From History of Texas Published in 1896
DAVID MORTON WOOD, who represents a family that has been long and closely identified with the interests of Hood county, and who was one of the gallant defenders of the south during the war between the two sections of the country, was born in Hall county, Georgia, on the 11th of February, 1836. With his parents, Lorenzo D. and Louisa Wood, he lived through the period of his boyhood and youth, accompanying them on their removal to Alabama in 1852. He was reared on a farm and early became familiar with all the duties that fall to the lot of the agriculturist, so that when he entered upon the same pursuit in his own interests he was well prepared for his labors by practical experience.
When starting out on life’s journey for himself Mr. Wood chose as a companion and helpmeet Miss Mary E. Read, and their wedding was celebrated in Marshall county, Alabama, on the 11th of December, 1856. The lady is a native of North Carolina, a daughter of George and Eleanor Read. Taking up his residence upon a farm in Marshall county, Mr. Wood successfully continued its cultivation until after the civil war had been inaugurated, when he went to the defense of the south. He was a southern man by birth, training and interest, and early in 1862 he joined the “boys in gray” of the Fourth Alabama Infantry, commanded by Colonel Russel. The regiment was joined to the Army of the Tennessee and with it he remained until hostilities had ceased, participating in many engagements. He was a brave soldier, loyal to the cause which he advocated and made for himself an honorable military record.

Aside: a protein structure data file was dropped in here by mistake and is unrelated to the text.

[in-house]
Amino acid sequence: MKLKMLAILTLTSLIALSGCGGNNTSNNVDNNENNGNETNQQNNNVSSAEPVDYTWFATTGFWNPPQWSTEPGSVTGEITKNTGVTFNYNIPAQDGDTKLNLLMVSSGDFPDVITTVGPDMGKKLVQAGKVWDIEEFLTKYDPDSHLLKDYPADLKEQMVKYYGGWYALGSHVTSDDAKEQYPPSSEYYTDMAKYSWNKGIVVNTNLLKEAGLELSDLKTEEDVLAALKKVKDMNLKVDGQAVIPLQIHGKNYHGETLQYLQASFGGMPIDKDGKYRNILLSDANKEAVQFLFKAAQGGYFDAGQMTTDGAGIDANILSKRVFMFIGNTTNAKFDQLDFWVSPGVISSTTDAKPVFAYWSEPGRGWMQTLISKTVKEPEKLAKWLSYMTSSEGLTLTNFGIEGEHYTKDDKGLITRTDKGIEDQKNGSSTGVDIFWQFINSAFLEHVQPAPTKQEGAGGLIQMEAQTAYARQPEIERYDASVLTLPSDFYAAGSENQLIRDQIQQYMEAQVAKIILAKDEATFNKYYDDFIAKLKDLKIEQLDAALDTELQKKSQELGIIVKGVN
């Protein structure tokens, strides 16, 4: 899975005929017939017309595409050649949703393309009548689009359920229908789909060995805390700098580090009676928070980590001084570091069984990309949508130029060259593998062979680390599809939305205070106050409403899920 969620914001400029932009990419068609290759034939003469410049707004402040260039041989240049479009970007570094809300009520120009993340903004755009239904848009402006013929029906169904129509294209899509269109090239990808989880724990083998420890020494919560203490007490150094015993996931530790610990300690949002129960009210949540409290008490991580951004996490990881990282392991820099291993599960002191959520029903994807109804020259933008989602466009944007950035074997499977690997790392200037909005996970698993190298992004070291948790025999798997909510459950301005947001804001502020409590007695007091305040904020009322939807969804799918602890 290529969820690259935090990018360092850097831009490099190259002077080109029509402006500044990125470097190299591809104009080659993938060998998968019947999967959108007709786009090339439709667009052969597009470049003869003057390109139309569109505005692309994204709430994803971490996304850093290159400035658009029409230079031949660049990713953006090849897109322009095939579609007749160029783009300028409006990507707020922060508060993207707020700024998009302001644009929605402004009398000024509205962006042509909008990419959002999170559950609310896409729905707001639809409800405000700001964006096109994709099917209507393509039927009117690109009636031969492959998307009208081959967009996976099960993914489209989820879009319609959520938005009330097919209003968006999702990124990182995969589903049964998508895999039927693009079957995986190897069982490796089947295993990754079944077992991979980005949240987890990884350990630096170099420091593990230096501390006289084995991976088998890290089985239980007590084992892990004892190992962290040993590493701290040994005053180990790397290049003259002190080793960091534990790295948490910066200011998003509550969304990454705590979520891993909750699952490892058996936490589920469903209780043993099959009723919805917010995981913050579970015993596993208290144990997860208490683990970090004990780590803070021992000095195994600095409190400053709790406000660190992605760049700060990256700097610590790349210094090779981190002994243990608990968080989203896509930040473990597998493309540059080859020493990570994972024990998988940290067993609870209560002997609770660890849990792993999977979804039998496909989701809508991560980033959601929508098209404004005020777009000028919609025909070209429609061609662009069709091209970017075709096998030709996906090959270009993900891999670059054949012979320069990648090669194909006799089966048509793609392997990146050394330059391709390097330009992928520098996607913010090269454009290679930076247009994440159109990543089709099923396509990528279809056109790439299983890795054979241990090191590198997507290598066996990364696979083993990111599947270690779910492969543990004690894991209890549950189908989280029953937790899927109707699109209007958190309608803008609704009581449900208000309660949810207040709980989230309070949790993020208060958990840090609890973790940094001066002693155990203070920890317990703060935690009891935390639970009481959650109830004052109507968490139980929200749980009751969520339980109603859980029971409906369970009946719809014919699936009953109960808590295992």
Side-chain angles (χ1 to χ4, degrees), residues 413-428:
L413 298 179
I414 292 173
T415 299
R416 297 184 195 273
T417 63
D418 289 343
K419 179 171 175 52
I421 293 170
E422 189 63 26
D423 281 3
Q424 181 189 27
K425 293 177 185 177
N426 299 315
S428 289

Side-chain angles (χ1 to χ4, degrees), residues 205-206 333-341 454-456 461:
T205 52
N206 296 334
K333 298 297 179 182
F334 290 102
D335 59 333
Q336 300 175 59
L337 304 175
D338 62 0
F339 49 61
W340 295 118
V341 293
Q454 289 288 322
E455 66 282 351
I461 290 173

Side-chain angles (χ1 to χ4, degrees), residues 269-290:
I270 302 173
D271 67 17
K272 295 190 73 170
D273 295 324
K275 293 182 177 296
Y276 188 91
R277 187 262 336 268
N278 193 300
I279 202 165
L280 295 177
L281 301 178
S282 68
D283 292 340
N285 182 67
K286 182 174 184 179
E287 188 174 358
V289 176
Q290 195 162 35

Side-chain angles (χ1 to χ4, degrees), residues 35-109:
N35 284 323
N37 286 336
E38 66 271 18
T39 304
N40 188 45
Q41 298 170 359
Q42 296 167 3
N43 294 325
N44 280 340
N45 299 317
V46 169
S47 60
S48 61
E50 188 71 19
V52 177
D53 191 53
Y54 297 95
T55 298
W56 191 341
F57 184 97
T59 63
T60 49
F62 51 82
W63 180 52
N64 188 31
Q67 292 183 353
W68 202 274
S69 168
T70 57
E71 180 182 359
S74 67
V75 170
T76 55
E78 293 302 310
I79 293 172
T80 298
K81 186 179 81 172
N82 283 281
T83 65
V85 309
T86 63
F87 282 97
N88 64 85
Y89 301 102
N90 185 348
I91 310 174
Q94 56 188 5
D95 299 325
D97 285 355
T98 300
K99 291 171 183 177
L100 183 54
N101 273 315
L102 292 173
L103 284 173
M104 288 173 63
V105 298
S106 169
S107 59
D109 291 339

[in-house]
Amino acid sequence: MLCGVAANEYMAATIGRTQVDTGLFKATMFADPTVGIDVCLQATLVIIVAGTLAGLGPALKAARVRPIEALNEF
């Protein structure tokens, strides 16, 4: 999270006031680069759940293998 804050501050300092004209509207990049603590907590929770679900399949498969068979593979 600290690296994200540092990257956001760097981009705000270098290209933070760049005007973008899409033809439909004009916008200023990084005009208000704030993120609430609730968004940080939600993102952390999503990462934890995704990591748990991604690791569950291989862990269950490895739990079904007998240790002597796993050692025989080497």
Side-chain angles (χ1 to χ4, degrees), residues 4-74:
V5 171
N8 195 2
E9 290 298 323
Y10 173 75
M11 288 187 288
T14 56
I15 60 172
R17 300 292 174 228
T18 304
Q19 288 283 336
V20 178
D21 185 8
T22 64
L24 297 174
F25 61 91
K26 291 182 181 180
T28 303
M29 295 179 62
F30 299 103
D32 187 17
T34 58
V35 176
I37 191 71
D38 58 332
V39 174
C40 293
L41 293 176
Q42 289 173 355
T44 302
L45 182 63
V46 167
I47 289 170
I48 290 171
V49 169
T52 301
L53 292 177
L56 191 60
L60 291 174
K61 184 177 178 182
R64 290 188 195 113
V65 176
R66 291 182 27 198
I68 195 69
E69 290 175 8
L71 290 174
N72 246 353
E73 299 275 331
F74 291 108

Returning to his home and family when the war was over, Mr. Wood carried on farming in Alabama until 1869, when he removed to Texas and purchased 320 acres of land on Paluxy creek. This was in its primitive condition, not a furrow having been turned or an improvement made, but with characteristic energy he began its development and acre after acre was placed under the plow until the cultivated tract comprised 85 acres of rich and productive land.
Mr. and Mrs. Wood have a family of eight children, six of whom are still living, namely:
Delva Jane, wife of Ezekiel Dunnigan, of Erath county
Mary Louisa, wife of N.O. Jackson
Kizzie Emma, wife of George Henley, of Hood county
Isabella Ray, wife of Archie Caraway, of Hood county
Martha Ellen, wife of W.J. Lawing, of the same county
George W., who is living on the old homestead
Robert E., who died in infancy, and
Elizabeth, who died at the age of 13.
Mrs. Wood died on the 15th of September, 1894, at the age of 64 years. She was a consistent Christian lady and for many years was a member of the Methodist Episcopal church. Mr. Wood has also long been connected with the same church and is an active and tireless worker in its interests. For 25 years he was superintendent of the Sunday-school, aiding in the work of training the children to lives of uprightness and honor and planting in the young minds the seeds of truth which in due time will bring forth fruit. Socially Mr. Wood is connected with Paluxy Lodge, No. 393, F.&A.M., and in politics he is a Democrat.
|David Morton Wood died June 21, 1905 and was buried in Rock Church Cemetery in Hood County, Texas|
History of Texas, 1896, Chicago: The Lewis Publishing Co.